MIT to pioneer science of innovation — Irving Wladawsky-Berger

MIT Sloan Visiting Lecturer Irving Wladawsky-Berger

MIT Sloan Visiting Lecturer Irving Wladawsky-Berger

From The Wall Street Journal

“Innovation – identified by MIT economist and Nobel laureate Robert Solow as the driver of long-term, sustainable economic growth and prosperity – has been a hallmark of the Massachusetts Institute of Technology since its inception.” Thus starts The MIT Innovation Initiative: Sustaining and Extending a Legacy of Innovation, the preliminary report of a yearlong effort to define the innovation needed to address some of the world’s most challenging problems. Released earlier this month, the report was developed by the MIT Innovation Initiative, launched a year ago by MIT President Rafael Reif.

I found the report quite interesting, both because I’ve been closely involved with innovation activities through a great part of my career, and because since 2005 I’ve been affiliated with MIT. Beyond MIT, the report should be of value to anyone interested in the growing importance of innovation to institutions, economies and societies around the world.

A decade ago I was part of the National Innovation Initiative, a major effort convened by the Council on Competitiveness to develop a U.S. innovation agenda. Its final report Innovate America: Thriving in a World of Challenge and Change, was released in December of 2004. The report did an excellent job in explaining the role innovation plays in U.S. competitiveness. It included more than 60 detailed recommendations in three major areas: talent, investment and infrastructure.

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What does nuclear power cost? Old plants dispel easy answers — John Parsons

ParsonsjpegFrom The Conversation

What is the economic cost of nuclear power? That turns out to be a very difficult question to answer.

The United States and other countries have plentiful experience building and operating nuclear power plants. Currently 438 nuclear reactors with a combined capacity of 379,000 megawatts generate more than 10% of the total electricity used worldwide.

The US has the largest fleet, with 99 reactors generating almost 20% of US electricity. France has the second-largest, with 58 reactors producing 77% of its electricity. The Chinese fleet of 27 reactors generates under 3% of its electricity.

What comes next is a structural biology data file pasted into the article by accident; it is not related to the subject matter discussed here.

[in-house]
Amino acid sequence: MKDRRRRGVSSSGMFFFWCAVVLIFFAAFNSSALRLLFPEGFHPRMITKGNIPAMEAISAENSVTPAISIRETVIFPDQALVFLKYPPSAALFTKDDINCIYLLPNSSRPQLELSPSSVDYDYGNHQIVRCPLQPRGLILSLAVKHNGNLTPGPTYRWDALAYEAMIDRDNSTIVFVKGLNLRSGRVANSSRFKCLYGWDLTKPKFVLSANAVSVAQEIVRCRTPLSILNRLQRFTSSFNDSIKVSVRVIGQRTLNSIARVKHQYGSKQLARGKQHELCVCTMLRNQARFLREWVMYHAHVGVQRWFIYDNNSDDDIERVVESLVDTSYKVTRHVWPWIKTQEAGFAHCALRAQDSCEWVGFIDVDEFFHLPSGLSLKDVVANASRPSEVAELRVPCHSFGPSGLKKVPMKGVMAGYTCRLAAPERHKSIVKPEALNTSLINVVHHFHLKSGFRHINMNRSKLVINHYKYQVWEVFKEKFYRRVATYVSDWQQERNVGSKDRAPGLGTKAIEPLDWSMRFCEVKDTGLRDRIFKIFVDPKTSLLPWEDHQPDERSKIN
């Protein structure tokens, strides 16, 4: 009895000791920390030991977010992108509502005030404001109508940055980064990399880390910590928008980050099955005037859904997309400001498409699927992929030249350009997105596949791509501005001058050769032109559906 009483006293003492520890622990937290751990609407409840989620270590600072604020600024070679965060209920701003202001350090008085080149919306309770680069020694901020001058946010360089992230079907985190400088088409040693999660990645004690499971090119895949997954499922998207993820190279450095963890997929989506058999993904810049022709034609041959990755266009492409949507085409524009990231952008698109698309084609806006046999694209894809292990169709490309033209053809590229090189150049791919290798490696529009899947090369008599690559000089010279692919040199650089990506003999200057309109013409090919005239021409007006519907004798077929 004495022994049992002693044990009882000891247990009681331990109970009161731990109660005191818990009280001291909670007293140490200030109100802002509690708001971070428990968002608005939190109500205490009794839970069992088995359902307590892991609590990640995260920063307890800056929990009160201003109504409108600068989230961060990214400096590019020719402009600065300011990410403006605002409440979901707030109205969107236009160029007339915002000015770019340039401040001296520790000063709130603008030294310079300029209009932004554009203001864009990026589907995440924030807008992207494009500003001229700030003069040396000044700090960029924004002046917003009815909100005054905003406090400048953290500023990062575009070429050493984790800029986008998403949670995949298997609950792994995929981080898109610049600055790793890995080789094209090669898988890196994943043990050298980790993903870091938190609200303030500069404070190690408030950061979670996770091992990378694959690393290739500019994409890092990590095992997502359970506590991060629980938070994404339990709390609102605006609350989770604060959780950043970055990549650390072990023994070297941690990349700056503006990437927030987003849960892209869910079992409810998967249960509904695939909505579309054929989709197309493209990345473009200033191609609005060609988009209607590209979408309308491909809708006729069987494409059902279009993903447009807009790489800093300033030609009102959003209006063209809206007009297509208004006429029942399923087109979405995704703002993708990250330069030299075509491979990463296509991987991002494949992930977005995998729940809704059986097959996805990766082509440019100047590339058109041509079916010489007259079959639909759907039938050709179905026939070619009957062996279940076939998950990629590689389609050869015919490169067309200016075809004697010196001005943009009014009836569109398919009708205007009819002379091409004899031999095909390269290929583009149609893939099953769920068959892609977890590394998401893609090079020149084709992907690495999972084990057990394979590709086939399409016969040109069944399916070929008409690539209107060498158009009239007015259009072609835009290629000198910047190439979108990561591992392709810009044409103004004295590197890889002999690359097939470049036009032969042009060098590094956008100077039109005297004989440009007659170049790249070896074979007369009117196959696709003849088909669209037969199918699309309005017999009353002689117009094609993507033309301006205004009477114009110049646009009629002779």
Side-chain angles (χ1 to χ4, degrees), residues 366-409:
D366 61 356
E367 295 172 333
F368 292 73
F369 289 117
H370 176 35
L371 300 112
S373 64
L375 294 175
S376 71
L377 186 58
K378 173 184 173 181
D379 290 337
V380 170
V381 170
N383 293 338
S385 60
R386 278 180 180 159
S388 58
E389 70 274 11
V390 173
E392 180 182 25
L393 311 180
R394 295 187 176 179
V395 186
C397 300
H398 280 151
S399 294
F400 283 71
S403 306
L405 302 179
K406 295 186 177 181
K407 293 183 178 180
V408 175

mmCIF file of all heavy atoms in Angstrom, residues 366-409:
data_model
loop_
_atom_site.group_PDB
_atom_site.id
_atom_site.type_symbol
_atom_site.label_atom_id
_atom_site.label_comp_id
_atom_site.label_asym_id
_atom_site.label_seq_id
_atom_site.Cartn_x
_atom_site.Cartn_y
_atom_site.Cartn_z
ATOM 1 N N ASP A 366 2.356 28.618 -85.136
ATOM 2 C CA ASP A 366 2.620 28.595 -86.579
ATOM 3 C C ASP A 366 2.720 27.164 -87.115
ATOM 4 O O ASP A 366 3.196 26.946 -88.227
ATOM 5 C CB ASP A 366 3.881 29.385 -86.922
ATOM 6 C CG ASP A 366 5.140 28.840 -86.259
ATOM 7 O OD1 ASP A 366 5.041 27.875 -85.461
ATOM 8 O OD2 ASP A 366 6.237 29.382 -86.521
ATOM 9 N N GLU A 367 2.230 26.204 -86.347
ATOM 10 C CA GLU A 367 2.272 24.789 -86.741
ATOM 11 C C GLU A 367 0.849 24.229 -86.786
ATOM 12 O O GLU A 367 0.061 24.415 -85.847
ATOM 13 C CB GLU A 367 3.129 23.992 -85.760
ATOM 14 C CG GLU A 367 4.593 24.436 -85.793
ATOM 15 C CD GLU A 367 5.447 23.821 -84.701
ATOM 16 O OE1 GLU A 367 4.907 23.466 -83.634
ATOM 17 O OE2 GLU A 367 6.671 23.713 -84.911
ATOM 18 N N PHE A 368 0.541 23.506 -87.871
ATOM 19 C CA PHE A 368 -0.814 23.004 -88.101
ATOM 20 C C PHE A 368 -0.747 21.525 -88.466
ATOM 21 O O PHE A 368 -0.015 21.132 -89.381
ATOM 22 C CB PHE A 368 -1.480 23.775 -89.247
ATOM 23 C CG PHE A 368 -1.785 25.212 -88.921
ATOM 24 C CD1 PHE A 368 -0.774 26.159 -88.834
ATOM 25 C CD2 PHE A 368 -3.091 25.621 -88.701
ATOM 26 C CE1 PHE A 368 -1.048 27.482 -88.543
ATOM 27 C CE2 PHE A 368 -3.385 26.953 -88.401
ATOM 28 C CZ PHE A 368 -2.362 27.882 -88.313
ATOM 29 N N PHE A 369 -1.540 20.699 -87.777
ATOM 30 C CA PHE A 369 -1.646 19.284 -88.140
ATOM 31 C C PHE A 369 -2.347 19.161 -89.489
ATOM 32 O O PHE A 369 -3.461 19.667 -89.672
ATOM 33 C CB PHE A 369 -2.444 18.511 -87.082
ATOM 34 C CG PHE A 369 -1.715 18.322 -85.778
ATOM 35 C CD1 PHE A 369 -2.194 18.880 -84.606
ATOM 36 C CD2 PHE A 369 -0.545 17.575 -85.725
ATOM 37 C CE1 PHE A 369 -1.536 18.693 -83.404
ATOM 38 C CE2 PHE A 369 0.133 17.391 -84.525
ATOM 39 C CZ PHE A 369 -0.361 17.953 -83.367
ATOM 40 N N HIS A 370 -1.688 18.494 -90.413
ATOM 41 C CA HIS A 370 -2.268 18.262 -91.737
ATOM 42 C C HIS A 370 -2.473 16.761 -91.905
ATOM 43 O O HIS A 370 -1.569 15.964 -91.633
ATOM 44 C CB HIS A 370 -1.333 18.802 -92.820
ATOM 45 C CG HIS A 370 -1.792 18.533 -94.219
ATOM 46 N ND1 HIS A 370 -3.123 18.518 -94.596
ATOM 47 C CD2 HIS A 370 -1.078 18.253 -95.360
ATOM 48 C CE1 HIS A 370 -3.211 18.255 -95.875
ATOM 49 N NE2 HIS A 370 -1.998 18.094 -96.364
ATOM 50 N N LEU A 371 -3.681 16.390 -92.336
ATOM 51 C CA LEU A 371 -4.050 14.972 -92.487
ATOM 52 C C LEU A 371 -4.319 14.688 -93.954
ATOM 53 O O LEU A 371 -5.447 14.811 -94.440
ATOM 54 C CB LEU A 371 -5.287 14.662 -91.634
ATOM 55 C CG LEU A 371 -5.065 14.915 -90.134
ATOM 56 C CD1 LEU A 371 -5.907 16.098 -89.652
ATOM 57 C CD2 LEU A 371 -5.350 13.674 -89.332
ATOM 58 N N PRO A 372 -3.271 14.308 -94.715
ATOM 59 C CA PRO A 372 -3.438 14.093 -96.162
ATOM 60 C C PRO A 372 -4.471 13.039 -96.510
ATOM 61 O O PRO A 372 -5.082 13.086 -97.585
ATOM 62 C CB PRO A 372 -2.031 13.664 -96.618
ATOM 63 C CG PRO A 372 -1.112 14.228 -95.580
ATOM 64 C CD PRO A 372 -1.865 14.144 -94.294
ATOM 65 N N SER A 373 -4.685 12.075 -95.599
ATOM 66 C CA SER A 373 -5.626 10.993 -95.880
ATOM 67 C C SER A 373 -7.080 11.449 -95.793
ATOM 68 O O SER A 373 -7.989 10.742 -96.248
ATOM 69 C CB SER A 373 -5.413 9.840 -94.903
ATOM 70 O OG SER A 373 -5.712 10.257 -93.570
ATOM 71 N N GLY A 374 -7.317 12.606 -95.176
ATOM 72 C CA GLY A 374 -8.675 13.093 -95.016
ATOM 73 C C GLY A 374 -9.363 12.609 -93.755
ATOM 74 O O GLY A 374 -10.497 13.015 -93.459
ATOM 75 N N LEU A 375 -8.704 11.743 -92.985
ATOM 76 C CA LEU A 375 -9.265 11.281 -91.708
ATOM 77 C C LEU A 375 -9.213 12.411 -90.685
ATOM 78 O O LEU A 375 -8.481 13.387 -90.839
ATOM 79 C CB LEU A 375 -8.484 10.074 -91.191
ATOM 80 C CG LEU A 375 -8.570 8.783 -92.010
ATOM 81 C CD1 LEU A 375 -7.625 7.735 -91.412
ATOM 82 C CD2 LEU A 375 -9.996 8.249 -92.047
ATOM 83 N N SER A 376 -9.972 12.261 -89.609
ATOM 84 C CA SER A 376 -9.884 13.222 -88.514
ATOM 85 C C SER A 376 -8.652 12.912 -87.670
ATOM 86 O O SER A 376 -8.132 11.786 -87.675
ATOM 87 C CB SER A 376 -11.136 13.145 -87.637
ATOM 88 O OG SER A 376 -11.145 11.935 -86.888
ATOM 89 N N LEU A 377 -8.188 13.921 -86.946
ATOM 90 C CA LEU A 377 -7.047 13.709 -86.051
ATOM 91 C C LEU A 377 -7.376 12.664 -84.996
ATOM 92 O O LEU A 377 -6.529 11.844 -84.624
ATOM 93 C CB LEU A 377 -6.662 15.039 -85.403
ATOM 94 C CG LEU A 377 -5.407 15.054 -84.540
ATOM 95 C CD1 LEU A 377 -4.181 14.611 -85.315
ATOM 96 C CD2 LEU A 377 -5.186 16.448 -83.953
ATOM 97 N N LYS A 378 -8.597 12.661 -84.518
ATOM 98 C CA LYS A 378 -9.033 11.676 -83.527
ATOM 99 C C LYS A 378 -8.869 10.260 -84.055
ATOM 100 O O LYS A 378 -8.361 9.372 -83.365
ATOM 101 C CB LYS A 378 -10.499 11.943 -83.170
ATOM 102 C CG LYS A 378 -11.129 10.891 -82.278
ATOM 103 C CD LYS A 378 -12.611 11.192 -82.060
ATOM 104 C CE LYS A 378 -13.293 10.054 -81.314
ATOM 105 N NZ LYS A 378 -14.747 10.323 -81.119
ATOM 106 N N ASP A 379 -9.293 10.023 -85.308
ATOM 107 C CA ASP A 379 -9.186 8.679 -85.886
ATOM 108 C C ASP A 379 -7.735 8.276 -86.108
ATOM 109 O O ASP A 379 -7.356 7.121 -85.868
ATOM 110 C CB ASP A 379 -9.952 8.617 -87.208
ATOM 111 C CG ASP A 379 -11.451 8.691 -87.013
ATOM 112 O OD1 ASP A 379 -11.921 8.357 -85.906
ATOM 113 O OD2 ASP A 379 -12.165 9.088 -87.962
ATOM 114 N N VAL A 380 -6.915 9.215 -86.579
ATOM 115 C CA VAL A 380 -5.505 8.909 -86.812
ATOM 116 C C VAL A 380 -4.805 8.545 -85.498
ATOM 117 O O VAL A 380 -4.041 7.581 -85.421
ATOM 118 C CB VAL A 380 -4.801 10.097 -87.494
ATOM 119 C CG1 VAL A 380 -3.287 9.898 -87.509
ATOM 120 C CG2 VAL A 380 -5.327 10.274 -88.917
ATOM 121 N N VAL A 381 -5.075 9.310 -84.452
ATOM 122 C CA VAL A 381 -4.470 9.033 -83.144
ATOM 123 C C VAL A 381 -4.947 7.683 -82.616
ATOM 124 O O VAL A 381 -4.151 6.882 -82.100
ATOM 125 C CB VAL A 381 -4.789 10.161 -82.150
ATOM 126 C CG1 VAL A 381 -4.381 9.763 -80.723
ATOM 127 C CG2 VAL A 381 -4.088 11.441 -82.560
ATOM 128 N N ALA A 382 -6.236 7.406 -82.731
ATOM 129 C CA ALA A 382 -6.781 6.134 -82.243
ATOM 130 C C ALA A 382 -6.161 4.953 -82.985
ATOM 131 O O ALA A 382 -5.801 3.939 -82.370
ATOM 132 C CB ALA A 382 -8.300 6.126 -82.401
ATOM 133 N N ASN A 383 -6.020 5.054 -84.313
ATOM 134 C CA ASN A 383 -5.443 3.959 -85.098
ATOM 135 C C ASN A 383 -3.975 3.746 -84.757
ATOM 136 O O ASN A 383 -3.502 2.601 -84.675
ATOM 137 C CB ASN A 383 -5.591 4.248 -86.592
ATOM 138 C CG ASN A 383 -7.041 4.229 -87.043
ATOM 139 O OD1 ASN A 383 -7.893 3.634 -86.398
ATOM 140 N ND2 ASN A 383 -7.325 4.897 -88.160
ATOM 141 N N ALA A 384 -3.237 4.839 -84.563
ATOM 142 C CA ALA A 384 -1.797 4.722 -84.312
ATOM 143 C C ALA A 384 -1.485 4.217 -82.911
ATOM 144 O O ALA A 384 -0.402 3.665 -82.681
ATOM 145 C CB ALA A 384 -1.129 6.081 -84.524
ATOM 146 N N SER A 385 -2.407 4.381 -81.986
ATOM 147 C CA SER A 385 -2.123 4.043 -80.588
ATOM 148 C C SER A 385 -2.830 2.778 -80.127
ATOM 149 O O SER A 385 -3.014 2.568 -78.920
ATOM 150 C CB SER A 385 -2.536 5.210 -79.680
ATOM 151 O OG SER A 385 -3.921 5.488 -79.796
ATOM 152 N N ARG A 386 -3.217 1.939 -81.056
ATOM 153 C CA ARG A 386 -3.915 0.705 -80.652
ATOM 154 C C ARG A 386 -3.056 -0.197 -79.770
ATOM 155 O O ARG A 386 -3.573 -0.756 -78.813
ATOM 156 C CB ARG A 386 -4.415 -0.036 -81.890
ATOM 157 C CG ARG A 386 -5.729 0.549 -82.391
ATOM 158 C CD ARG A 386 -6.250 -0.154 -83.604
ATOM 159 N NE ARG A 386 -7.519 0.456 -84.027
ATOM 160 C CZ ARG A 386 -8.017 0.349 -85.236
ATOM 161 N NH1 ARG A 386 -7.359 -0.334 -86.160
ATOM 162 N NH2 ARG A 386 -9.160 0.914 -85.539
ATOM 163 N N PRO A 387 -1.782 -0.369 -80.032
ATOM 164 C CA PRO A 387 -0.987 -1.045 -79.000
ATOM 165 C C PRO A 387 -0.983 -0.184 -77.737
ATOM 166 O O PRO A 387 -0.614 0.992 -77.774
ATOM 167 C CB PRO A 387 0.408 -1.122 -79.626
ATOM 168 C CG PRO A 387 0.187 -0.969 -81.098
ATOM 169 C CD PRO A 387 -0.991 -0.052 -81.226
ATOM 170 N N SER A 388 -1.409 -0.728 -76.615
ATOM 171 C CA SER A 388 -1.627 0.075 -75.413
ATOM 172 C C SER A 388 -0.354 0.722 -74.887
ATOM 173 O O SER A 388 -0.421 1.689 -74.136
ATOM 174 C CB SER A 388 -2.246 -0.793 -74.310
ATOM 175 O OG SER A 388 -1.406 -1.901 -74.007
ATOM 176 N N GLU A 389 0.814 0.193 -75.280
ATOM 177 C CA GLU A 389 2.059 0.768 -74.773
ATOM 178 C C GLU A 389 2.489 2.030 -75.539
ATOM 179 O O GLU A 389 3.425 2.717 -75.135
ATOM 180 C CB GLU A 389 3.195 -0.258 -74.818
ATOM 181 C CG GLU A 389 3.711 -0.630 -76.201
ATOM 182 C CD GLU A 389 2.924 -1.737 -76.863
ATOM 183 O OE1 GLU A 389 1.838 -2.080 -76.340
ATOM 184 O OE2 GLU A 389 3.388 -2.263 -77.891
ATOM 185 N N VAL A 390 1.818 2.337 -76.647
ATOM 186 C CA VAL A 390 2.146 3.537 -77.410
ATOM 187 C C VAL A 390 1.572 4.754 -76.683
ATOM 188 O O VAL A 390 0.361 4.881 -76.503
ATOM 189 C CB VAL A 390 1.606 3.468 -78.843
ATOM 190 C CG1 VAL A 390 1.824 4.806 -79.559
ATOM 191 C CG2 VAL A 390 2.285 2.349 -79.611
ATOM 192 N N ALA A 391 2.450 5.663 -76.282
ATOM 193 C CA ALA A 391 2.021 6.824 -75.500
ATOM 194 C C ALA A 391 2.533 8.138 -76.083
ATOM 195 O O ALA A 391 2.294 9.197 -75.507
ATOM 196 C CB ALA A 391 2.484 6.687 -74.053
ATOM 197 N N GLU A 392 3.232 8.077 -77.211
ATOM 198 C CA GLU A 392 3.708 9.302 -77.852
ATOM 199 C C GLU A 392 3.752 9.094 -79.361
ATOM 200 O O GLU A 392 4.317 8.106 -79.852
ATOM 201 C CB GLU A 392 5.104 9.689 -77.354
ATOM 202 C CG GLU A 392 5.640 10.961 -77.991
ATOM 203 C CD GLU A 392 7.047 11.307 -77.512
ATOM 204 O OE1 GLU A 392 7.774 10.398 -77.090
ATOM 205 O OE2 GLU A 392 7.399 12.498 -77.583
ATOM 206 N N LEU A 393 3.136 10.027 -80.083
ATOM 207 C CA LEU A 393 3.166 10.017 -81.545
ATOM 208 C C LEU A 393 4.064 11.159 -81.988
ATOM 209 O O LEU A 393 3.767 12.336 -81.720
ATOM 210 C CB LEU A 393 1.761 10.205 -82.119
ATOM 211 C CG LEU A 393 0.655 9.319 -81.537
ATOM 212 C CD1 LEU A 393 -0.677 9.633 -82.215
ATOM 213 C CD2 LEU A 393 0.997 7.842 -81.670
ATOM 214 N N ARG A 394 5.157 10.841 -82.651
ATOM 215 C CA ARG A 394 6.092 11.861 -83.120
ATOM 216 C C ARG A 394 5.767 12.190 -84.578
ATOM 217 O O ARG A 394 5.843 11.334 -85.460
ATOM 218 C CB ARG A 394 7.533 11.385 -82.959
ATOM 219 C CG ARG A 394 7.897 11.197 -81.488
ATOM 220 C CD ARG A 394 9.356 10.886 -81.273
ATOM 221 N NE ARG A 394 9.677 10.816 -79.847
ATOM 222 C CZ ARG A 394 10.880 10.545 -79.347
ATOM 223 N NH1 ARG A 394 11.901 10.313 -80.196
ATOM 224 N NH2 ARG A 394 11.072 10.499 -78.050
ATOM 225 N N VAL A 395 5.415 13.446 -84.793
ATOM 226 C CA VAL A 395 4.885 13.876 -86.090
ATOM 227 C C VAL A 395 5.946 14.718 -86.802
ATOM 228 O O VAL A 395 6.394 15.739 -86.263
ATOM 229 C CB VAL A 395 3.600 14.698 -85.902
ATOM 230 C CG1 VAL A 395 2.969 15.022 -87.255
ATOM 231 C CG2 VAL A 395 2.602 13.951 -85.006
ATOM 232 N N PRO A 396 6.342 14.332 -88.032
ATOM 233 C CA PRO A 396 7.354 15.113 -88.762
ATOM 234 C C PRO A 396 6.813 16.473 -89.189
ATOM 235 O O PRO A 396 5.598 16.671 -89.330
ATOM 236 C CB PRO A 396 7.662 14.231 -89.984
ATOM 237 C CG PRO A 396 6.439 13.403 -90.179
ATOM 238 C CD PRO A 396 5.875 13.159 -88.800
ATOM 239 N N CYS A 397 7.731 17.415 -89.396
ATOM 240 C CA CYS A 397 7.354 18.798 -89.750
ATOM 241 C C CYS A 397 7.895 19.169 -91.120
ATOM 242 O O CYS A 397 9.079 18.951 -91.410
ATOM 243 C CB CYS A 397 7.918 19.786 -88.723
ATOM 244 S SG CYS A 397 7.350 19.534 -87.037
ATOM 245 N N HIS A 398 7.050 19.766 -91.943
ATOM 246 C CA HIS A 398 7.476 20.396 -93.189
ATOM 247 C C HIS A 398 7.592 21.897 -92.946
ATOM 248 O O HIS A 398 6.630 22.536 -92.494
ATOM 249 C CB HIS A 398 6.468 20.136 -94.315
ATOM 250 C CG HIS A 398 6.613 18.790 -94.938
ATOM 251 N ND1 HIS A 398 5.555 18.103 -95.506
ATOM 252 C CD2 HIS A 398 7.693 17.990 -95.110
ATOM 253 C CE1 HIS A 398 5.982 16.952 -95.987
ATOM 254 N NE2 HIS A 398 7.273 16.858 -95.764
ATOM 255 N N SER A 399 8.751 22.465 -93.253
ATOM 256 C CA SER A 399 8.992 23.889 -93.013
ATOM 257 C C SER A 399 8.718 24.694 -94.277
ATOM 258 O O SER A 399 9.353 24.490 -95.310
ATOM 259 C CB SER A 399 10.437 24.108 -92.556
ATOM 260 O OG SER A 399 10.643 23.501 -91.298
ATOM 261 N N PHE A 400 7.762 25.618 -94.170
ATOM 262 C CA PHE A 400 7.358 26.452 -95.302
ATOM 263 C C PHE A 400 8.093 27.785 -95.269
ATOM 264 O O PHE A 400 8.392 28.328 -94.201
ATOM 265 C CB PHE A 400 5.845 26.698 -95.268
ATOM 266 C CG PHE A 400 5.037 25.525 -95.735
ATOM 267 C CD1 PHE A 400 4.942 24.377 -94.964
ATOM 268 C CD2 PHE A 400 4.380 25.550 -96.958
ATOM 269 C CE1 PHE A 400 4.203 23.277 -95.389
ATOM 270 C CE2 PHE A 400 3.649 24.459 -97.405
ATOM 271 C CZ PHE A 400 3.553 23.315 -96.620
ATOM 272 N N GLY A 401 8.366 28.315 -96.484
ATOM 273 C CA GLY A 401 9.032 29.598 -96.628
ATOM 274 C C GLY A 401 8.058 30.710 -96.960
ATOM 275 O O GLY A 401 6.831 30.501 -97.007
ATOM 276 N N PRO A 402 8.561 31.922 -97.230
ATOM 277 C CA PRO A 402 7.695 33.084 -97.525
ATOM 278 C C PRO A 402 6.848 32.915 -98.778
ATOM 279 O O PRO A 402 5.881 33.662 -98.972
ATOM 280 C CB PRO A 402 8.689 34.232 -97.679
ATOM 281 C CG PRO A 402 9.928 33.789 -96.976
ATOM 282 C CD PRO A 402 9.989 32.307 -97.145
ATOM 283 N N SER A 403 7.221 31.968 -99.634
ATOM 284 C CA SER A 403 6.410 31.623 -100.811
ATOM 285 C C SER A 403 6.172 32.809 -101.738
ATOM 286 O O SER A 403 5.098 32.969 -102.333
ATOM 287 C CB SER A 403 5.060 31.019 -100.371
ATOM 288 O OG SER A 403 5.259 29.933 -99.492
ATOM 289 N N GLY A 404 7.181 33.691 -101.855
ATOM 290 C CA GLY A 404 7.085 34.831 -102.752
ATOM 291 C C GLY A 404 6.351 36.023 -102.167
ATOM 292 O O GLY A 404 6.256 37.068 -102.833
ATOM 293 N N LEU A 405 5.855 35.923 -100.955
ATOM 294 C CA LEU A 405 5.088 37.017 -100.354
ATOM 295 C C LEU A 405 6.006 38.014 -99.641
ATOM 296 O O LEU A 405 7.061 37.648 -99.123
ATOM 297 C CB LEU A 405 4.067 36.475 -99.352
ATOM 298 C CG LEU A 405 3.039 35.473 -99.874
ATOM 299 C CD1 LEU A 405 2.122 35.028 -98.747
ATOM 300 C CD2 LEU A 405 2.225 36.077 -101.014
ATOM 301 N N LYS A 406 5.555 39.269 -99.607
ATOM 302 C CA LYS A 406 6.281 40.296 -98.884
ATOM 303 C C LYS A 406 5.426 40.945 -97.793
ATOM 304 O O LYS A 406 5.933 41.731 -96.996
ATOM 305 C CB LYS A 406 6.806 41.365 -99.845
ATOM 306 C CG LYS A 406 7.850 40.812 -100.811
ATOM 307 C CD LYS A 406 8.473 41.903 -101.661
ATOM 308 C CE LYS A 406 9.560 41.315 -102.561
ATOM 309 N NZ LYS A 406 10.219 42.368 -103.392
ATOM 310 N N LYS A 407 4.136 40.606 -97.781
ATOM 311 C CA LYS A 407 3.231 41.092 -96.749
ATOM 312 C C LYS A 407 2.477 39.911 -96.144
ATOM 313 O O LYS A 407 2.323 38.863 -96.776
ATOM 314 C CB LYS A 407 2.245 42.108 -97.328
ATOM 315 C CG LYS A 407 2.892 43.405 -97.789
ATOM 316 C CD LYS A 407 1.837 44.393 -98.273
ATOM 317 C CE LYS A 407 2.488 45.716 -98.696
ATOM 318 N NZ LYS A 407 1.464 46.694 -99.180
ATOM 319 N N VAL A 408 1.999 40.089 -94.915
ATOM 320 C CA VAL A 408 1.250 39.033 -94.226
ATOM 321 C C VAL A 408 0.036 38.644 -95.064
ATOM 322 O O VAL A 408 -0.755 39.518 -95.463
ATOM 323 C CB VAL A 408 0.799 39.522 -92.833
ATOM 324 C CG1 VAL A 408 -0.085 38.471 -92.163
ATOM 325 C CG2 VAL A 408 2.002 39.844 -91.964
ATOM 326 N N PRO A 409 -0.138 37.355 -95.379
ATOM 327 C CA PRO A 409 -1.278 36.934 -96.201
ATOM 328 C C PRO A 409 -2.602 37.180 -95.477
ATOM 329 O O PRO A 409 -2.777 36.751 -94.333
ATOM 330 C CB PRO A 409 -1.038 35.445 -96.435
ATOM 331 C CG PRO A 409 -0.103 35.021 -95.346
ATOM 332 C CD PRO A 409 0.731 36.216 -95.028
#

Nevertheless, there is great uncertainty about the cost of building new plants. The existing fleet in the US and most developed countries is very old, dating back to a period of intense growth in the 1960s and 1970s. In the US, the most recent construction permit for an operating reactor was issued in 1978, although completion work on a couple of stalled projects and “uprates” – capital refurbishment that increases capacity – have occurred at a number of units.

New construction fell off in other developed countries, too. The few additions made since 1990 were mostly in Japan, Korea, Eastern Europe, Russia and China.

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VW needs massive marketing campaign to regain consumer trust – and survive — Neal Hartman

MIT Sloan Senior Lecturer Neal Hartman

MIT Sloan Senior Lecturer Neal Hartman

From The Conversation

Over the years, we’ve seen quite a few scandals in the automotive industry. However, the recent one at Volkswagen sets the bar at a whole new level. This isn’t your garden variety crisis involving a mechanical or safety issue.

While many of those (think Toyota and accelerator pedals) have been huge, the VW scandal involves years of deception to the public, and there are currently more questions than answers. It’s not unreasonable to ask if VW can survive this. In the weeks and months ahead, it faces a raft of questions that will greatly influence its fate.

Public trust

The company has recalled 11 million diesel cars worldwide, but what is the actual solution? The company will remove the software that cheated on emissions tests, but can it make the cars perform as promised during actual driving conditions? If not, how will it adjust its marketing message about those cars? As for the environment, what will it do about the revelation that those cars produced as much as 40 times the allowed amount of nitrogen oxide, a pollutant linked to asthma and other respiratory problems?